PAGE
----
Diagnosis of aHUS requires the exclusion of other associated diseases, a lack of criteria for typical HUS, and a lack of criteria for thrombotic thrombocytopenic purpura determined with serum ADAMTS 13 activity [2]. Historically, these patients tend to have a poorer prognosis than those with typical HUS, with an acute aHUS mortality of 8% [4], and with 50%–80% of patients progressing to end-stage renal failure. Individuals with aHUS frequently relapse even after complete recovery from the presenting episode; this course of illness is more likely to be genetic in origin [1]. In patients with aHUS, mutations were reported in the genes of three proteins that regulate the alternative complement pathway: Factor H (CFH), membrane cofactor protein (MCP or CD46), and Factor I (IF) [58]. Plasma infusion or exchange has been done to reduce mortality, and patient surveillance should be continued on a regular basis to check for markers of renal failure and problems with RBC, hemoglobin (Hb), and platelet concentrations [1].

Since most current research pertains to childhood onset and its predisposing genetic factors, there seems to be a general lack in research regarding the onset, course, and severity of this disease among the adult population. Therefore, little is known about the typical course of genetically verified aHUS in adulthood, as presented in this paper.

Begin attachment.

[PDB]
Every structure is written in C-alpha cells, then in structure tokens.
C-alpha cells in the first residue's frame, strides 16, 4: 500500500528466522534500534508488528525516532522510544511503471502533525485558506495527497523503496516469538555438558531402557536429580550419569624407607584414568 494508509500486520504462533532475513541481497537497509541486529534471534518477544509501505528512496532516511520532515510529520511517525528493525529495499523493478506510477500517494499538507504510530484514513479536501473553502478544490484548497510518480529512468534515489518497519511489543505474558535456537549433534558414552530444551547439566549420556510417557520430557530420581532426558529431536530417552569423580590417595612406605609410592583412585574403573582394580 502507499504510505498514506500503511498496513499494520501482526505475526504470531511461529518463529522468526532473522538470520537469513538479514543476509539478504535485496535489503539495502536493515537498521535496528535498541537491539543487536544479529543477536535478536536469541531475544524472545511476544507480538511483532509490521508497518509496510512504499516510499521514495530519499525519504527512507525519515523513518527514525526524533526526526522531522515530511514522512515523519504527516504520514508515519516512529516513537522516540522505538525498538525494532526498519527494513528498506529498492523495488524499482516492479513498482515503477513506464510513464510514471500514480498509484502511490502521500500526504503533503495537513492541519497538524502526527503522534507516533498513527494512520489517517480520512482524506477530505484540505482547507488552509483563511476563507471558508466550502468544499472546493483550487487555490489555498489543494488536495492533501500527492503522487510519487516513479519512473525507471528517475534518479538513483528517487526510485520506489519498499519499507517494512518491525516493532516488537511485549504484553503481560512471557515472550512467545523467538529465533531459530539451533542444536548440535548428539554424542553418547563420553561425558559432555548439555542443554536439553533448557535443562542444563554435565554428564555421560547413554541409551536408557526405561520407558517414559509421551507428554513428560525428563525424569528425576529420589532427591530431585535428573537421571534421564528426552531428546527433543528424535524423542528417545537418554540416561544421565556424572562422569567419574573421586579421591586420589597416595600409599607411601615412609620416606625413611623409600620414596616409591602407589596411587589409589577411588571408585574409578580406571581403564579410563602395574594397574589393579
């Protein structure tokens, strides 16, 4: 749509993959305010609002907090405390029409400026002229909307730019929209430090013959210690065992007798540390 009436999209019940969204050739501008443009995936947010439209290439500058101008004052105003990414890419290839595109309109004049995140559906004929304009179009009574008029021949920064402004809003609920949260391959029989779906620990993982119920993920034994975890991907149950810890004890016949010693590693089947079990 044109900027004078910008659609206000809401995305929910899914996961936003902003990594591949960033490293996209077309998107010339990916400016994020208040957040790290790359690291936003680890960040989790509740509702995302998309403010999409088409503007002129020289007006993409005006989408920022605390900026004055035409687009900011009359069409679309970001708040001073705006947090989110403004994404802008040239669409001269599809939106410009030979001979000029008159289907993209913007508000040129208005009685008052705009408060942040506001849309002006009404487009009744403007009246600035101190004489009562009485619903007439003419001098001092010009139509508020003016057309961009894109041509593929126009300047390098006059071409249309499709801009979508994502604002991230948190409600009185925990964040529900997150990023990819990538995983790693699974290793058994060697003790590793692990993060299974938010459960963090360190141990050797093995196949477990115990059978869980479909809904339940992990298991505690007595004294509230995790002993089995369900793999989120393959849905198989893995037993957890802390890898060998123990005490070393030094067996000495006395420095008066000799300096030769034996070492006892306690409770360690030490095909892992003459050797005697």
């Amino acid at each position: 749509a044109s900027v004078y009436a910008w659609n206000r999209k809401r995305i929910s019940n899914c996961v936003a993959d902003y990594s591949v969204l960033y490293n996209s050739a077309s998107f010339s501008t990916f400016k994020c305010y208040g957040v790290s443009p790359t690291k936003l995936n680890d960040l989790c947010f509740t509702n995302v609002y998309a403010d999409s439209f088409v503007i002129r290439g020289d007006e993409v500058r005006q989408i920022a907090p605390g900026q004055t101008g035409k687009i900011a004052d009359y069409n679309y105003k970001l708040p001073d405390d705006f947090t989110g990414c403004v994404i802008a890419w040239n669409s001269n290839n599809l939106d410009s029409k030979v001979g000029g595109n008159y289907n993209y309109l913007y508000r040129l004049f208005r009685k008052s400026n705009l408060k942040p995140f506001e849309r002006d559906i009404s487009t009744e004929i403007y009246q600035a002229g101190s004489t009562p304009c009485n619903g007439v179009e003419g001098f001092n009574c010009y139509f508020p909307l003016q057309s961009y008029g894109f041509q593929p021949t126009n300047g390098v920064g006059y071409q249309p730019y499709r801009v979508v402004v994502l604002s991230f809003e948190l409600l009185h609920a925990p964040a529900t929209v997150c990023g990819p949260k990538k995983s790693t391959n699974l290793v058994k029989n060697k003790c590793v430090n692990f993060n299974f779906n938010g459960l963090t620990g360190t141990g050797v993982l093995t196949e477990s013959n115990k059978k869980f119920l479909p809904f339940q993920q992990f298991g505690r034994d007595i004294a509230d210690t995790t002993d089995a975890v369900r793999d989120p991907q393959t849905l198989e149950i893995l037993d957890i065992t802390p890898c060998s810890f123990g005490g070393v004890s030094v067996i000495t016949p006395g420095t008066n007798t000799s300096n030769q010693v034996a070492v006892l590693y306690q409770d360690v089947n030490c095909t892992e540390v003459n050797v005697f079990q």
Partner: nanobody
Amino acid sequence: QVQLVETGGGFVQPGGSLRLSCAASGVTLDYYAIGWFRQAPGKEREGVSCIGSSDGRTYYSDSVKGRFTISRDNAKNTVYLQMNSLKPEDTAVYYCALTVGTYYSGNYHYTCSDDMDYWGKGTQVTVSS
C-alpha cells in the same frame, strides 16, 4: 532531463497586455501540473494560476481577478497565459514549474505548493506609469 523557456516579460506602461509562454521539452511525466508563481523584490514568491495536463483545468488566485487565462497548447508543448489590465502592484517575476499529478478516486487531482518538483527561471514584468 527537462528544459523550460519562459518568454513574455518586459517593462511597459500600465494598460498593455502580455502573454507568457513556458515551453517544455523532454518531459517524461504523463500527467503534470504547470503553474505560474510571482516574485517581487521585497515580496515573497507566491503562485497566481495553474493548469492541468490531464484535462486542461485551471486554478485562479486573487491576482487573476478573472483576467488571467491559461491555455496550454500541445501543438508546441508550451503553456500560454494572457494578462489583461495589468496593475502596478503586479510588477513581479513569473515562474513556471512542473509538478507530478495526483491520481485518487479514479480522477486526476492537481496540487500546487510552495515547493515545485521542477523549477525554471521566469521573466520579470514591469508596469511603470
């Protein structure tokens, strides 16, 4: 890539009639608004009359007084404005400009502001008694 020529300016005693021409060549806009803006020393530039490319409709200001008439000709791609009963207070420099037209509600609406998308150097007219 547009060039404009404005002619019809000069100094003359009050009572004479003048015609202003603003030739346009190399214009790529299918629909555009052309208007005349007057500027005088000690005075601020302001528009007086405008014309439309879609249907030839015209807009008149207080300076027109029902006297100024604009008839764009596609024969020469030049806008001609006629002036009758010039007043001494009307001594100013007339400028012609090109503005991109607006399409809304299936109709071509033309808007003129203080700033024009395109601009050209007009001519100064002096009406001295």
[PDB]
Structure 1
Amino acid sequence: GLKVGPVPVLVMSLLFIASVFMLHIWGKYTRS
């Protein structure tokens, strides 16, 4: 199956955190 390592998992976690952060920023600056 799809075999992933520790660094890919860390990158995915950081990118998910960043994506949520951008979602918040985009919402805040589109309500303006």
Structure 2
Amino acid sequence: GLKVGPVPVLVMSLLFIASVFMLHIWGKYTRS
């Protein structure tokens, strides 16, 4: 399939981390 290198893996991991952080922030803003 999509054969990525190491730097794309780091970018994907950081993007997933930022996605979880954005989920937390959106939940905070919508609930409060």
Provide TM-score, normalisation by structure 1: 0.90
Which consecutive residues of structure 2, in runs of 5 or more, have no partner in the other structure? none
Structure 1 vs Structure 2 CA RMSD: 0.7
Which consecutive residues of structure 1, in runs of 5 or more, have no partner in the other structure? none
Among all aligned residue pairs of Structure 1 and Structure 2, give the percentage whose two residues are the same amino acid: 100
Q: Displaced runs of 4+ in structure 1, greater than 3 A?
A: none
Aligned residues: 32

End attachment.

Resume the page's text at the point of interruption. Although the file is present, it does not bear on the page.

2. Case Presentation

A 38-year-old female presented to her GP with symptoms typical of an upper respiratory tract infection. Clindamycin treatment was initiated without any signs of improvement. Patient history demonstrated only hypertension of two years duration and a family history of cardiovascular disease. With a suspicion of endocarditis, and with worsening symptoms of dyspnea, fatigue, decreased physical tolerance, and tachycardia, the patient was hospitalized. Taking into consideration the patient’s physical symptoms, poor kidney function (creatinine 5 mg/dL and urea 200 mg/dL), severe anemia (Hb 7.0 g/dL), thrombocytopenia (60 × 103/μL), and fragmented red blood cells on peripheral smear, a diagnosis of hemolytic-uremic sdyndrome (HUS) was established. Due to a continued drop in renal function (creatinine 7.0 mg/dL, urea 230 mg/dL), a short-term Shaldon catheter was placed and hemodialysis (standard 3 hour) with concurrent plasmapheresis and plasma transfusion was started and repeated until a volume of 4 liters of donor plasma was used. The patient was also given therapy with three pulses of methylprednisolone, which yielded no improvement.